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Future Microbiol. 2012 Jan;7(1):149-64. doi: 10.2217/fmb.11.140.

Iron-saturated lactoferrin and pathogenic protozoa: could this protein be an iron source for their parasitic style of life?

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Departamento de Biología Celular, Centro de Investigación y de Estudios Avanzados del IPN, Apdo. 14-740, México DF 07000, México.


Iron is an essential nutrient for the survival of pathogens inside a host. As a general strategy against microbes, mammals have evolved complex iron-withholding systems for efficiently decreasing the iron accessible to invaders. Pathogens that inhabit the respiratory, intestinal and genitourinary tracts encounter an iron-deficient environment on the mucosal surface, where ferric iron is chelated by lactoferrin, an extracellular glycoprotein of the innate immune system. However, parasitic protozoa have developed several mechanisms to obtain iron from host holo-lactoferrin. Tritrichomonas fetus, Trichomonas vaginalis, Toxoplasma gondii and Entamoeba histolytica express lactoferrin-binding proteins and use holo-lactoferrin as an iron source for growth in vitro; in some species, these binding proteins are immunogenic and, therefore, may serve as potential vaccine targets. Another mechanism to acquire lactoferrin iron has been reported in Leishmania spp. promastigotes, which use a surface reductase to recognize and reduce ferric iron to the accessible ferrous form. Cysteine proteases that cleave lactoferrin have been reported in E. histolytica. This review summarizes the available information on how parasites uptake and use the iron from lactoferrin to survive in hostile host environments.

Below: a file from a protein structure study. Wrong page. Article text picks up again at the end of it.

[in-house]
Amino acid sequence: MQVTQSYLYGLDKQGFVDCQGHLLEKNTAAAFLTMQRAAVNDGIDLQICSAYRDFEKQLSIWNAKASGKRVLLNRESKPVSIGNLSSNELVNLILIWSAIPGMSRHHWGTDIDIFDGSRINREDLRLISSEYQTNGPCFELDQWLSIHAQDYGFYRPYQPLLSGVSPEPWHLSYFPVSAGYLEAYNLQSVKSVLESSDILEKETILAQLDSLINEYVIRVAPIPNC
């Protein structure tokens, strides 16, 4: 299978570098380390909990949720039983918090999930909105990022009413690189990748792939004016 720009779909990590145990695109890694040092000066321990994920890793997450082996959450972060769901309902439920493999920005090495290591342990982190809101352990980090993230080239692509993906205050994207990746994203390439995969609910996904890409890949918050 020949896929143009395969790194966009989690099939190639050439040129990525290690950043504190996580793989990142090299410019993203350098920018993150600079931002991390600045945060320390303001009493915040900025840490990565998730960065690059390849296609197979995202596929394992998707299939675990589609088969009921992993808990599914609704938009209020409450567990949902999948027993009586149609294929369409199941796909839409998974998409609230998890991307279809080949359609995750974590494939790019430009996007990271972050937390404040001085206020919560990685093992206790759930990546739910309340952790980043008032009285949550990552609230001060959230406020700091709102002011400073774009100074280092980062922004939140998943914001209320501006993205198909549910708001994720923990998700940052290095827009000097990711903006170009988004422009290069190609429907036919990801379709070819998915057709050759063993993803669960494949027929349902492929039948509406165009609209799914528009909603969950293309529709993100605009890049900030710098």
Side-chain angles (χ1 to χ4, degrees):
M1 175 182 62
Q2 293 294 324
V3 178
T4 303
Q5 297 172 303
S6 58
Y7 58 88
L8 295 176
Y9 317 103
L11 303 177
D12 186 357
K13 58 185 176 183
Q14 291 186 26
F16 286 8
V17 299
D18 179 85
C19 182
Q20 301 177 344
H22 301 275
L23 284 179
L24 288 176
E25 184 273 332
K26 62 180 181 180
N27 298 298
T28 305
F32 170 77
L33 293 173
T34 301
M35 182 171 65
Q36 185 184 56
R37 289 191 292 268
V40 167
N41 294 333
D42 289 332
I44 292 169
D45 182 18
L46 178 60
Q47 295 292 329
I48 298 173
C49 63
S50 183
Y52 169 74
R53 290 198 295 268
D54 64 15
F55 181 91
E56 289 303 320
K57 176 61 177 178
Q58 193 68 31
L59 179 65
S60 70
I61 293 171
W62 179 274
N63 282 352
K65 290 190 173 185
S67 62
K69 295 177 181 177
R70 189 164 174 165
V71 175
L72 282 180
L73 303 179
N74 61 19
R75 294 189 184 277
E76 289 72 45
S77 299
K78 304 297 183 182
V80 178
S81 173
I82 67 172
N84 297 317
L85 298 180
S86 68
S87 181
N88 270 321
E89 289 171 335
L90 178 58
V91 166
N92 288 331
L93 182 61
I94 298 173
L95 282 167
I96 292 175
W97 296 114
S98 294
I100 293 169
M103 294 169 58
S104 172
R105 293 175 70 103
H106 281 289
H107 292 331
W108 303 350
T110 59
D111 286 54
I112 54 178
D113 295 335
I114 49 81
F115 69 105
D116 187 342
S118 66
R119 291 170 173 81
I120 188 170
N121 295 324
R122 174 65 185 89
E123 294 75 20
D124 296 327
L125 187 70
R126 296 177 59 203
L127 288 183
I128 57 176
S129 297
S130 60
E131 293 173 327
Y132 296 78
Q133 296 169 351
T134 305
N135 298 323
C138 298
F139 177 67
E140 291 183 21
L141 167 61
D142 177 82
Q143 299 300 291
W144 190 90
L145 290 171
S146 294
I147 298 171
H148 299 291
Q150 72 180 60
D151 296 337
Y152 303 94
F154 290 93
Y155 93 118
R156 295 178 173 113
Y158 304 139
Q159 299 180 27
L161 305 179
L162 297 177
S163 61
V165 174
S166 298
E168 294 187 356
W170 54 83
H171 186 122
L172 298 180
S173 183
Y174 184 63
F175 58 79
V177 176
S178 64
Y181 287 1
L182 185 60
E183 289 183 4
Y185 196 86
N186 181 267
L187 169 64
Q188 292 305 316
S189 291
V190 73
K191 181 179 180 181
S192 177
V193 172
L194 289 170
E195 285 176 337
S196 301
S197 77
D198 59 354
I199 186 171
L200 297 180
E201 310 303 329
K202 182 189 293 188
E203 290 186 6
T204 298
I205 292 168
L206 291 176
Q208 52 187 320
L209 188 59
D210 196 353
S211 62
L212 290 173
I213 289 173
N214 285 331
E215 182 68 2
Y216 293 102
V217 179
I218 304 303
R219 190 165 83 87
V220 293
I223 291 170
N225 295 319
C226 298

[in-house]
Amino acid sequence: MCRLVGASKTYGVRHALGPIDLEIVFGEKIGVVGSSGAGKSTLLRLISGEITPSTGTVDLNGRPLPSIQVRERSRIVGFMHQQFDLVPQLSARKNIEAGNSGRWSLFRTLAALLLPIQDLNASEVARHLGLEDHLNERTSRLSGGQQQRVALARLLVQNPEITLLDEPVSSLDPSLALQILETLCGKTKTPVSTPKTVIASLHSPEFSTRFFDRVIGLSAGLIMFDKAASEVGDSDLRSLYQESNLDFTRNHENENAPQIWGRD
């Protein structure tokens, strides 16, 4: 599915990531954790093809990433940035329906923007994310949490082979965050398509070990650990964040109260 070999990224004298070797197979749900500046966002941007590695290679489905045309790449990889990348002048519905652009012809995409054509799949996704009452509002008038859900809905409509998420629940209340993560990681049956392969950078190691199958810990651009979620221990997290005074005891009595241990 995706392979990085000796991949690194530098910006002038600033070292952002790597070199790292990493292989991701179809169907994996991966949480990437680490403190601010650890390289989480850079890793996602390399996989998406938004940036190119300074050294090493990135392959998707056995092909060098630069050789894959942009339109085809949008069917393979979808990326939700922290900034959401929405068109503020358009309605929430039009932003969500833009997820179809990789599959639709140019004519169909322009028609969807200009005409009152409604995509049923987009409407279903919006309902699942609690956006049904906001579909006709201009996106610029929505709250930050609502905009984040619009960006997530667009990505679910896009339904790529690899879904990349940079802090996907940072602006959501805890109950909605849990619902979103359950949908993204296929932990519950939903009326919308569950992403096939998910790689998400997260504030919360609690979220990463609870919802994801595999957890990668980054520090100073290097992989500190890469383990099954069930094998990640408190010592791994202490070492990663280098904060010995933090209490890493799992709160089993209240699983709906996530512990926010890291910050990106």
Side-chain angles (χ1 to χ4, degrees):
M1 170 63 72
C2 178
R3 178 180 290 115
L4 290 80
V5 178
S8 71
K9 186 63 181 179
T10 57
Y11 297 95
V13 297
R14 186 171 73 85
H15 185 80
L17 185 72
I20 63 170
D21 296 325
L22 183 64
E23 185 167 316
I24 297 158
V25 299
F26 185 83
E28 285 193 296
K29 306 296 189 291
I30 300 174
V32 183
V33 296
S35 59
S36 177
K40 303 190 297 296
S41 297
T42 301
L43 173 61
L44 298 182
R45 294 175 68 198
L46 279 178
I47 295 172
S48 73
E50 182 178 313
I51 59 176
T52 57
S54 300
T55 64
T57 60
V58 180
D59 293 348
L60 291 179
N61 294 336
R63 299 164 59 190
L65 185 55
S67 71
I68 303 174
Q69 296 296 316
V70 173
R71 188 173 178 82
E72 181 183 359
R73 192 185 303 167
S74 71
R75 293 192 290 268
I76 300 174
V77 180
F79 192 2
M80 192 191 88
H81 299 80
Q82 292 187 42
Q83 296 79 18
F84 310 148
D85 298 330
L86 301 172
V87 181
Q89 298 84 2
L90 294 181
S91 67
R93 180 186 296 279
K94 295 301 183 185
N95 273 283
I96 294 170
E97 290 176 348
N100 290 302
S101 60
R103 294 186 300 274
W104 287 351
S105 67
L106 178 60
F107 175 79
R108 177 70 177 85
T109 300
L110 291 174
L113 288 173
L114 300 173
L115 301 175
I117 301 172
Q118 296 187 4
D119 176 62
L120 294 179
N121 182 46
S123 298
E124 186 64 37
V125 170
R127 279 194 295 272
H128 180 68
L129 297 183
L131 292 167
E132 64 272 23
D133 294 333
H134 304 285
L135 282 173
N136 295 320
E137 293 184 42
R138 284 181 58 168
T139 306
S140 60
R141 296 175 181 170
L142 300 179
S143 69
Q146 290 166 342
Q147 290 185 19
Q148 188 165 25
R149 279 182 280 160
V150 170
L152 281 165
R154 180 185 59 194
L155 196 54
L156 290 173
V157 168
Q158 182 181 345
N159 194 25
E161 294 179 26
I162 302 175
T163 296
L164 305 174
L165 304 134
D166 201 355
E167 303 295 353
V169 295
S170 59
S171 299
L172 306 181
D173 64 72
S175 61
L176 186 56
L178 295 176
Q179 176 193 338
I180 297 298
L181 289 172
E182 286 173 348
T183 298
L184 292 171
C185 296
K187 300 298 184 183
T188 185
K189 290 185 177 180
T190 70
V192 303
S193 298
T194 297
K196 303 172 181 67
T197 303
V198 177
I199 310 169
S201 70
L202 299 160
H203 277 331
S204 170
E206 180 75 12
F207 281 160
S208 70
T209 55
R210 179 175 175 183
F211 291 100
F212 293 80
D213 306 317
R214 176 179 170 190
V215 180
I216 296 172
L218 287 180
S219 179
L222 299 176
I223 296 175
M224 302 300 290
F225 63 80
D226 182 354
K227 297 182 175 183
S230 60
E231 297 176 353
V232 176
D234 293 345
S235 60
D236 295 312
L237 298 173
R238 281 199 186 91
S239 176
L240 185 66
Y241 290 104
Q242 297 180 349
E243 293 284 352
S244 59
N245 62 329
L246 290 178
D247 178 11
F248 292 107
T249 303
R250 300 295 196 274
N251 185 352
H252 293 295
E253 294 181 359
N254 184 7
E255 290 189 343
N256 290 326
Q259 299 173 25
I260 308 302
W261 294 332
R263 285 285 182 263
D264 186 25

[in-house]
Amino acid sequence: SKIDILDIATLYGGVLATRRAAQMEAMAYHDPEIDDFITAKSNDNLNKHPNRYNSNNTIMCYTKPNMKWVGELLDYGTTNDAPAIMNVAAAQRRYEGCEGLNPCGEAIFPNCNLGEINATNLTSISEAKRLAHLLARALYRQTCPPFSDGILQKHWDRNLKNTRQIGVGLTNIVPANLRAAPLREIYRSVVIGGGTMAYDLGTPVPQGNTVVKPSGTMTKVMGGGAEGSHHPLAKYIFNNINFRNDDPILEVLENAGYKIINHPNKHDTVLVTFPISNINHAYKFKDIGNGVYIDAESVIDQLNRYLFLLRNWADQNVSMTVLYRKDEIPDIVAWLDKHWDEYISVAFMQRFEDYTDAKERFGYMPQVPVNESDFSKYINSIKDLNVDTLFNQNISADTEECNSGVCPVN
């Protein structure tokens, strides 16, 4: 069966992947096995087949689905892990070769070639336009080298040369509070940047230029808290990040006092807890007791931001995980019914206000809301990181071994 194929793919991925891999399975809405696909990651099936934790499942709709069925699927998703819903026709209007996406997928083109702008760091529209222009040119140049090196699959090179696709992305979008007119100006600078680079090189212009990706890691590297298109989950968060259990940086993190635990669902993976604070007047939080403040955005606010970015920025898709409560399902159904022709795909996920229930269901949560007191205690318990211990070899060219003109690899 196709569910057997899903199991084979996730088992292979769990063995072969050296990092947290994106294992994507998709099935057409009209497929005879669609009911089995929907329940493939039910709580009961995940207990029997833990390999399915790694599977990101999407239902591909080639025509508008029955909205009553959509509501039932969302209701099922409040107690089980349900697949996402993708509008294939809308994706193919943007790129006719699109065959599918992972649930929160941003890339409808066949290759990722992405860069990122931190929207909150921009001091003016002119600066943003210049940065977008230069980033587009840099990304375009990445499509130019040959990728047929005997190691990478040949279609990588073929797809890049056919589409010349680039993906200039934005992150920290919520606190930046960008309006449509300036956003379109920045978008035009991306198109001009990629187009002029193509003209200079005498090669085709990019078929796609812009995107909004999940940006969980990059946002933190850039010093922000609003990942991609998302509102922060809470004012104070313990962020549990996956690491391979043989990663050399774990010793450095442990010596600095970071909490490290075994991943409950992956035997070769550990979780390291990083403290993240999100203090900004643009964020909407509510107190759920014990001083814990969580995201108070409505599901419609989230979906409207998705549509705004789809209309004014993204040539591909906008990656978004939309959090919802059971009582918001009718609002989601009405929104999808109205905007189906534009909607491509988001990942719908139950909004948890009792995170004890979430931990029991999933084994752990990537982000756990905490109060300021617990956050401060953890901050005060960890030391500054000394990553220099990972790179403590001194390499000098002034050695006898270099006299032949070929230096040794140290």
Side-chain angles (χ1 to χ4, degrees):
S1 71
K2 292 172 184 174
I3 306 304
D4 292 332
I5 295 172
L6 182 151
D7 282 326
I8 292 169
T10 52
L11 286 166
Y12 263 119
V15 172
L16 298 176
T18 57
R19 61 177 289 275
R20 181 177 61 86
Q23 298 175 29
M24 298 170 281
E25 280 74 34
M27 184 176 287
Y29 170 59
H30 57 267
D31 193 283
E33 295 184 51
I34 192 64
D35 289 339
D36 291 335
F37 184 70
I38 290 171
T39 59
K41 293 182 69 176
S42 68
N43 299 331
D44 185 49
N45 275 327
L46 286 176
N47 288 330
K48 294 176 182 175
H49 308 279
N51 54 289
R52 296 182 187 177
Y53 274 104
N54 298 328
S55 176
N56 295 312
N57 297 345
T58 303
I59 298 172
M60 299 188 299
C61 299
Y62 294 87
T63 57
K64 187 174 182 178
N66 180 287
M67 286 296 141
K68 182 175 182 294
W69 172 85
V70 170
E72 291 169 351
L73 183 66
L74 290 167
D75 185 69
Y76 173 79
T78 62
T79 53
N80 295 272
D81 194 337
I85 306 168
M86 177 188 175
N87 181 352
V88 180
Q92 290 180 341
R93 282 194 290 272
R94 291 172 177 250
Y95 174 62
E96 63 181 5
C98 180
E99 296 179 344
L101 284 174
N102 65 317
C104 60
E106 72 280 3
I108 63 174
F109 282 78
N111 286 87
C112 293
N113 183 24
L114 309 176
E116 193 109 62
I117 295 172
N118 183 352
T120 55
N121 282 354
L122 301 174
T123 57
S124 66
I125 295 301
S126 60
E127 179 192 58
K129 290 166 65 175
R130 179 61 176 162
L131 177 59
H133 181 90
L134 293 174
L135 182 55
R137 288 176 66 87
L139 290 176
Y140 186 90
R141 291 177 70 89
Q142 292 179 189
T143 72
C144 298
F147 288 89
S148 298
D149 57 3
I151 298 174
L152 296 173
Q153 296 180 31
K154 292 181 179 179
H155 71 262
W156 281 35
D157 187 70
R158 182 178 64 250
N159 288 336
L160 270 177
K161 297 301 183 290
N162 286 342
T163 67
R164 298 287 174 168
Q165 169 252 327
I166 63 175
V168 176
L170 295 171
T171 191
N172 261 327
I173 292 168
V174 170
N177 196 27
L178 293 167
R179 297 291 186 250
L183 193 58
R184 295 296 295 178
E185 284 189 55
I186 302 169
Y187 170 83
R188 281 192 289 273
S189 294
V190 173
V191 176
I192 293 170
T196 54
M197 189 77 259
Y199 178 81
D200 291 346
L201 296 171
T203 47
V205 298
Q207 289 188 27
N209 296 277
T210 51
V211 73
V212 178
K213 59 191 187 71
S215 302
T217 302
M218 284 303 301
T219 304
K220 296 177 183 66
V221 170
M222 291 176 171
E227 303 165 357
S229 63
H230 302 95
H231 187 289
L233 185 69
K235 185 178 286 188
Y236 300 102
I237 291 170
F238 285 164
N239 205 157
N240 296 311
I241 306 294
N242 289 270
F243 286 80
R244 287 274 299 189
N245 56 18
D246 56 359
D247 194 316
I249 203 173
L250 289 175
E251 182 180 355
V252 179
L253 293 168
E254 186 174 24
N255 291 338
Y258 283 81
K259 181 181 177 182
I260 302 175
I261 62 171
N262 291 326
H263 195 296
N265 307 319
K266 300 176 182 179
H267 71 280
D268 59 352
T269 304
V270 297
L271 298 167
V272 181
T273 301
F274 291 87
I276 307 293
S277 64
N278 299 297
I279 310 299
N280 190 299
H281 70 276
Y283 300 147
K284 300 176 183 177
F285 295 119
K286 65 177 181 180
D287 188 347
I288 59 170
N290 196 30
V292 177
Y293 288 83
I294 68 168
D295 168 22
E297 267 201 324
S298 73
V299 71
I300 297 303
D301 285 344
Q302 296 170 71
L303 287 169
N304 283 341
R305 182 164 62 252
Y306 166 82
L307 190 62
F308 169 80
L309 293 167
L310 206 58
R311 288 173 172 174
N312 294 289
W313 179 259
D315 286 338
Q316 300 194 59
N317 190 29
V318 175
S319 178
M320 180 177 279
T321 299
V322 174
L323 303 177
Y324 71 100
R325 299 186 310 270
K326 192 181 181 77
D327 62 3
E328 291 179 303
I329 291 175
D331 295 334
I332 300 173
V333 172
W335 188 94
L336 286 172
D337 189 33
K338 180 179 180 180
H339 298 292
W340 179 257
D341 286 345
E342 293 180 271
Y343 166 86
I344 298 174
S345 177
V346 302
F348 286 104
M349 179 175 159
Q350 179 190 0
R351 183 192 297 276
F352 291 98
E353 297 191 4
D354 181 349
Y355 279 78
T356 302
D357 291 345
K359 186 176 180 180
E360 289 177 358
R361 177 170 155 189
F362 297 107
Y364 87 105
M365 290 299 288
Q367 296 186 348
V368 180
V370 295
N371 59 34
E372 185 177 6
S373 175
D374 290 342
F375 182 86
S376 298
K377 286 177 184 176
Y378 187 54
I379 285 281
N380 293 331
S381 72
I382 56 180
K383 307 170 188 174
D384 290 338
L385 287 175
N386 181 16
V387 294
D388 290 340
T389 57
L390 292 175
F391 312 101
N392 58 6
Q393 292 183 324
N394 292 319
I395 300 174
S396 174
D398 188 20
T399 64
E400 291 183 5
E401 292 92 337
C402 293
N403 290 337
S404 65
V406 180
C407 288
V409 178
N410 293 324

[Indexed for MEDLINE]

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